Tag Archives: Brian Glover

Kes (1969, Ken Loach)

Kes has a forecasted structure (so long as you can understand the Yorkshire accents). Teenager David Bradley is about to leave school and head into the workforce. His older brother, played by Freddie Fletcher, works in the coal mines and Bradley knows he doesn’t want that career. They share a bed in their mom’s house. Fletcher bullies both Bradley and their mother (Lynne Perrie). Bradley’s situation at school isn’t any better; he’s on the teachers’ list for bullying and his absentmindedness–and occasional smart mouth–gets him in trouble with classmates.

Bradley doesn’t care much about Fletcher, or his school, or his future–they live on a recently built housing estate and no one has much future anyway. For a while, it’s unclear if Bradley is ever going to care about anything. But then he sees a falcon. And all of a sudden Bradley cares about something.

He wants to fly a falcon.

The film follows Bradley so close it’s procedural at times. How is he going to train the falcon, where can he get that information; Bradley has problems to solve and it turns out–while his life seems haphazard–he actually has the skills, he’s just been lacking the determination.

During the first act and some of the second, director Loach tags along with the wandering Bradley; Kes is a series of beautifully photographed (by Chris Menges) vingettes. They’re chronological, but with the direction, photography, John Cameron’s music, and Roy Watts’s editing, chronology doesn’t much matter. They’re these intense moments as Bradley struggles and achieves, amid what everyone else sees as his failures.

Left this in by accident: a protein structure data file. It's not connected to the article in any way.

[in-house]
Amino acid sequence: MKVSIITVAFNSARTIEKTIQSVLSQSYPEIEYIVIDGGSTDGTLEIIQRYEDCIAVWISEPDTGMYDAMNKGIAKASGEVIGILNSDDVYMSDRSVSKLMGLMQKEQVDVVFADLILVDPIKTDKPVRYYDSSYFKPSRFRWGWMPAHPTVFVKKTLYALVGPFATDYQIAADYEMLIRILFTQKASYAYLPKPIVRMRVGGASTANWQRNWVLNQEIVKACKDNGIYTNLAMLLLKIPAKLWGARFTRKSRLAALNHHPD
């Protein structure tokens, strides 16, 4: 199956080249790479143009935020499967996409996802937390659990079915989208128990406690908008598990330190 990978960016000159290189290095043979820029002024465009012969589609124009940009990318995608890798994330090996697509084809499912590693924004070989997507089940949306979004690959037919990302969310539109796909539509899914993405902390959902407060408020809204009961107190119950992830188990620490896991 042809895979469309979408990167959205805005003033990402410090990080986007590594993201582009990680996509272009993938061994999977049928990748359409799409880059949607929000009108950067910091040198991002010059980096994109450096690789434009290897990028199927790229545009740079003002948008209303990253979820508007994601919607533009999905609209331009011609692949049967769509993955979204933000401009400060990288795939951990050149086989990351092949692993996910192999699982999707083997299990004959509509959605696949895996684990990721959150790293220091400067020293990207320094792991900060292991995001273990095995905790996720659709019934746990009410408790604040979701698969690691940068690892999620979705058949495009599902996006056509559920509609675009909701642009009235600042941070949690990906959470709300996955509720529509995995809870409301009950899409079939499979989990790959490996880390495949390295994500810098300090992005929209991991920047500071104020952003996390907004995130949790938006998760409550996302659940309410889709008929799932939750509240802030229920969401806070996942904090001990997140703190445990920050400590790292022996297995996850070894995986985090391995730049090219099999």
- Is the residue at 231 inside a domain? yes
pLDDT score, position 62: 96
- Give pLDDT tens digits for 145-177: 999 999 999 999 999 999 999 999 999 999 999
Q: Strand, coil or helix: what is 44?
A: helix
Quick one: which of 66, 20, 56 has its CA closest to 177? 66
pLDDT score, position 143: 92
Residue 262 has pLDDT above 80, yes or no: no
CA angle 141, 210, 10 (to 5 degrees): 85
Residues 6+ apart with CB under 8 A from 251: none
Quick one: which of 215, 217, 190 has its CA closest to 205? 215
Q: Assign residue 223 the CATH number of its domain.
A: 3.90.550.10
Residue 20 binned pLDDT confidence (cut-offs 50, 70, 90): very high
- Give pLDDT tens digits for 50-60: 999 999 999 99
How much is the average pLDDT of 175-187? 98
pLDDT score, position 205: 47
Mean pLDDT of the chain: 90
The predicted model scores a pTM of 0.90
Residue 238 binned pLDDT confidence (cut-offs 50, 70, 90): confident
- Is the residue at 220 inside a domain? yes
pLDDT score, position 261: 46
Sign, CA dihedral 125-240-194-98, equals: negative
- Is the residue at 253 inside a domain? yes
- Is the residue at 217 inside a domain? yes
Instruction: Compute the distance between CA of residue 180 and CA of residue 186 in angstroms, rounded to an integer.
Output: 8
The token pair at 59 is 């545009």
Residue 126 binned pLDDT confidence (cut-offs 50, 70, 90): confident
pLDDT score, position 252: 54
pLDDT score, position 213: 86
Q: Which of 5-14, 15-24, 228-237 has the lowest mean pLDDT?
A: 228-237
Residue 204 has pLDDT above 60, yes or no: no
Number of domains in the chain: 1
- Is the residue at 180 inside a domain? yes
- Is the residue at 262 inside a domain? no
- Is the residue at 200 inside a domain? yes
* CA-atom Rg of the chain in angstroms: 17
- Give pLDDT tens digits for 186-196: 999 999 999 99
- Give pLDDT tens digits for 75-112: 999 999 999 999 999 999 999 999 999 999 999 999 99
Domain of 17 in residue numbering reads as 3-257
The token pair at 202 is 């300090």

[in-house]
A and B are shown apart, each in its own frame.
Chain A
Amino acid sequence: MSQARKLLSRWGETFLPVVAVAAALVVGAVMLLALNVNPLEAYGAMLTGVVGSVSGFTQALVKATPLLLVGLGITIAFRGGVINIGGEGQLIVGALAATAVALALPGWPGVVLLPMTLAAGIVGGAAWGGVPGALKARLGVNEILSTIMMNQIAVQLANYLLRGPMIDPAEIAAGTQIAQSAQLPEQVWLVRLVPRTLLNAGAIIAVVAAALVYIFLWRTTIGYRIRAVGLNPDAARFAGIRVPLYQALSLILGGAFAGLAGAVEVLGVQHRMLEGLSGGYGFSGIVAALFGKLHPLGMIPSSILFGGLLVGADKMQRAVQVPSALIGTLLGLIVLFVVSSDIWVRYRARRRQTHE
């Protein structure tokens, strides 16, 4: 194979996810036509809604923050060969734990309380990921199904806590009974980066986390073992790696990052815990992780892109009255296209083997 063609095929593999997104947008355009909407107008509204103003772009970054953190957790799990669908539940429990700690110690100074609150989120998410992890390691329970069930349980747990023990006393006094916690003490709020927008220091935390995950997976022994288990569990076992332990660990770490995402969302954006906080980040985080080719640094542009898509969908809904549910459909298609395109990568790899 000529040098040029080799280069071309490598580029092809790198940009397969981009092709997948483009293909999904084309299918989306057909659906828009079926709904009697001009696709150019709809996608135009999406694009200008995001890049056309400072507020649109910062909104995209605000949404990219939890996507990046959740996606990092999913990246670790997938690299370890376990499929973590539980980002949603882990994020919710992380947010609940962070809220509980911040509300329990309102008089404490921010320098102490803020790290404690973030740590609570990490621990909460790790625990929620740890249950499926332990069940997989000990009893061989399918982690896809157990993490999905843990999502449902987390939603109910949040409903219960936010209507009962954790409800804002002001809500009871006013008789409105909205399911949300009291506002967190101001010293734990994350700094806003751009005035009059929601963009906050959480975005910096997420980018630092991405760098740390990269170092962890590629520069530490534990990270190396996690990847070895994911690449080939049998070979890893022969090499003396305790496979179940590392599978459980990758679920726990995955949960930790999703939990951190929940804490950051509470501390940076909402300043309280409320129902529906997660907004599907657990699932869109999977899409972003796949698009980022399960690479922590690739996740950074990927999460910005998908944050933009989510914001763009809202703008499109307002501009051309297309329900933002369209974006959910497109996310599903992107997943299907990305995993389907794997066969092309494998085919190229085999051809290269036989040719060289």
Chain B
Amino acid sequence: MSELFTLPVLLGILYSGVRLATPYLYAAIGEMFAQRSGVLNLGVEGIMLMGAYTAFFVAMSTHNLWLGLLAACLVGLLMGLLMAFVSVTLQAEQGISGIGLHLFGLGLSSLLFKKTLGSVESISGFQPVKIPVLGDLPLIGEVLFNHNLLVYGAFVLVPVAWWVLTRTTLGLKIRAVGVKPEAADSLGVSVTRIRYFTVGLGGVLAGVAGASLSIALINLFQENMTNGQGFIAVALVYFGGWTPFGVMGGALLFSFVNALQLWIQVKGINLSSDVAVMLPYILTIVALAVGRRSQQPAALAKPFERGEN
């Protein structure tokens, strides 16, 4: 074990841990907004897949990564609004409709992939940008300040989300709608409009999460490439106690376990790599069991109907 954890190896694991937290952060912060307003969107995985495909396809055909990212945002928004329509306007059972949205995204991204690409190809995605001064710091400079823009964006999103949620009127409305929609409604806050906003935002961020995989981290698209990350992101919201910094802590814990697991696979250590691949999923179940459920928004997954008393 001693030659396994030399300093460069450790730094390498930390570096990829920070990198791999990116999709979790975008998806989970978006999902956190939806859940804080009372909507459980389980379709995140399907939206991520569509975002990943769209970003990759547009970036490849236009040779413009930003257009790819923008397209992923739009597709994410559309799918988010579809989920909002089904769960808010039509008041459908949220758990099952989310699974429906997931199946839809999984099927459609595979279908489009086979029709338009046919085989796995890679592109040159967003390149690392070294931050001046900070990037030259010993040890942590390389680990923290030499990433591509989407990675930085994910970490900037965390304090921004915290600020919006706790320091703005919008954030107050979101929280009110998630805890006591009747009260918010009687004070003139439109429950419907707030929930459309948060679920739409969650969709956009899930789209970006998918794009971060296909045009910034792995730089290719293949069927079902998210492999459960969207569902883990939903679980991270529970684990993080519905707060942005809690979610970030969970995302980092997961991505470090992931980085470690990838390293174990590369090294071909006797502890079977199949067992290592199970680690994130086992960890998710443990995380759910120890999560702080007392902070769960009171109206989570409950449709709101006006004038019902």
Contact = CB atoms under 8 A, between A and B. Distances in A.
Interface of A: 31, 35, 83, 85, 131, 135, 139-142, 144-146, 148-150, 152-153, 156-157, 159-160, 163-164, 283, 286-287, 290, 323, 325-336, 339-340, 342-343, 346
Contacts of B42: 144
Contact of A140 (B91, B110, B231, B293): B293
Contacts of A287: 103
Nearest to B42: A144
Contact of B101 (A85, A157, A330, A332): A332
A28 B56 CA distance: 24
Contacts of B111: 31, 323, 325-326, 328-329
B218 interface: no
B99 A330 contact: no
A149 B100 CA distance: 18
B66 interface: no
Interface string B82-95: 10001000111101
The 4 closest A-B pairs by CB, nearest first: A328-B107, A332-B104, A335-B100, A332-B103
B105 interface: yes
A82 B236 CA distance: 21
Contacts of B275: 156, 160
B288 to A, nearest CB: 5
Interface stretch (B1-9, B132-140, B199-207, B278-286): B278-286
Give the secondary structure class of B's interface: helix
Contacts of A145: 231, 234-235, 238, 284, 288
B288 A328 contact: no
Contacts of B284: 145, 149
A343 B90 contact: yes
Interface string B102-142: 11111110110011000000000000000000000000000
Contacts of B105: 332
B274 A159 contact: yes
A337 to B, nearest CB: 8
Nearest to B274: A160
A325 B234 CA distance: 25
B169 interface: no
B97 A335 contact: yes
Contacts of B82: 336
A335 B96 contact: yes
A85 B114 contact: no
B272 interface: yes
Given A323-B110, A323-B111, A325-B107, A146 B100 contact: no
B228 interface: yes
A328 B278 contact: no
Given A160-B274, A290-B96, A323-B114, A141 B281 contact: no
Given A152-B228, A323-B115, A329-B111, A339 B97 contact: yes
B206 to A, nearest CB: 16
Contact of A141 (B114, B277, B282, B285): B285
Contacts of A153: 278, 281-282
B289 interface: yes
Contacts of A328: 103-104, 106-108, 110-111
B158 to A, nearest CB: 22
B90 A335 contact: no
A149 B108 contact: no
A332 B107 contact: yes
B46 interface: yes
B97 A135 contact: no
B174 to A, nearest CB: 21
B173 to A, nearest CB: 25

There are quite a few set pieces set at the school–Brian Glover as the terrifying yet comically absurd football coach is a standout–and Loach, Watts, and Cameron do those sequences more thorough than anything else involving Bradley alone. Even though Kes follows Bradley close, there’s still a great deal of narrative distance. The audience gets to observe him but never really gets inside. The set pieces have a momentum and urgency Bradley’s scenes alone, or when he’s flying the falcon, do not. Bradley doesn’t experience urgency.

At least, not until the end, when Loach is able to pull off an immediate transition from character study to something more akin to melodrama. It’s not exactly melodrama (it’d be hard to be melodrama with the estate location, the actors’ raw performances, not to mention the photography and music).

Bradley’s great. Fletcher’s great. Perrie’s great. Glover’s awesome.

THere’s no sentimentality to Kes. It doesn’t exist for the film’s characters and Loach doesn’t add any for the viewer’s comfort.

It’s a technical marvel–Cameron’s music, Menges’s photography, Watt’s editing, Loach’s direction both in terms of composition and directing the actors. The script–from Loach, producer Tony Garrett, and source novel author Barry Hines–has some occasional drag, but it eventually turns out the drag is functional. The third act isn’t easy for anyone. Loach has to break from the vinegette device through expansion while also integrating outstanding forecasted events.